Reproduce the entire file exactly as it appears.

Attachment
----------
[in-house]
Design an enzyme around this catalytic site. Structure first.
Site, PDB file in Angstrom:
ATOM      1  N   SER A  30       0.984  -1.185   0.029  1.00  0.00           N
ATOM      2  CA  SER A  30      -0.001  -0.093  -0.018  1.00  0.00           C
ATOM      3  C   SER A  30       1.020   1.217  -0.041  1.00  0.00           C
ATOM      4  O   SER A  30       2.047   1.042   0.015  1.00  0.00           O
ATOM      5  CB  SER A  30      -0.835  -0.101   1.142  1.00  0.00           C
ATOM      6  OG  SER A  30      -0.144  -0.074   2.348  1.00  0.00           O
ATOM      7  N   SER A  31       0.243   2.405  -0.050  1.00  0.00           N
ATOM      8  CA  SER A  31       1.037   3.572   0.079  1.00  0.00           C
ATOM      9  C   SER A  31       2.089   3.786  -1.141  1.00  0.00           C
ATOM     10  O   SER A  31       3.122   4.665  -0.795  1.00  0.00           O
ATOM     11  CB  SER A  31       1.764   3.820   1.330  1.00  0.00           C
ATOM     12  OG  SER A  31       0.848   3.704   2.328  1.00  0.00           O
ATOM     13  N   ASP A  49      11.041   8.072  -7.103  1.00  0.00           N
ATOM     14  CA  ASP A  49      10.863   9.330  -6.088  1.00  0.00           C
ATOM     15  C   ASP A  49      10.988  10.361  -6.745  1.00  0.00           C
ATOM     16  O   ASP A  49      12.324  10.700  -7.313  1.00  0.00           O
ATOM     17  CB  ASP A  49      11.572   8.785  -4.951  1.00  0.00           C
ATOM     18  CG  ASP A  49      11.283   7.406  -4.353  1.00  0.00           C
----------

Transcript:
[in-house]
Design an enzyme around this catalytic site. Structure first.
Site, PDB file in Angstrom:
ATOM      1  N   SER A  30       0.984  -1.185   0.029  1.00  0.00           N
ATOM      2  CA  SER A  30      -0.001  -0.093  -0.018  1.00  0.00           C
ATOM      3  C   SER A  30       1.020   1.217  -0.041  1.00  0.00           C
ATOM      4  O   SER A  30       2.047   1.042   0.015  1.00  0.00           O
ATOM      5  CB  SER A  30      -0.835  -0.101   1.142  1.00  0.00           C
ATOM      6  OG  SER A  30      -0.144  -0.074   2.348  1.00  0.00           O
ATOM      7  N   SER A  31       0.243   2.405  -0.050  1.00  0.00           N
ATOM      8  CA  SER A  31       1.037   3.572   0.079  1.00  0.00           C
ATOM      9  C   SER A  31       2.089   3.786  -1.141  1.00  0.00           C
ATOM     10  O   SER A  31       3.122   4.665  -0.795  1.00  0.00           O
ATOM     11  CB  SER A  31       1.764   3.820   1.330  1.00  0.00           C
ATOM     12  OG  SER A  31       0.848   3.704   2.328  1.00  0.00           O
ATOM     13  N   ASP A  49      11.041   8.072  -7.103  1.00  0.00           N
ATOM     14  CA  ASP A  49      10.863   9.330  -6.088  1.00  0.00           C
ATOM     15  C   ASP A  49      10.988  10.361  -6.745  1.00  0.00           C
ATOM     16  O   ASP A  49      12.324  10.700  -7.313  1.00  0.00           O
ATOM     17  CB  ASP A  49      11.572   8.785  -4.951  1.00  0.00           C
ATOM     18  CG  ASP A  49      11.283   7.406  -4.353  1.00  0.00           C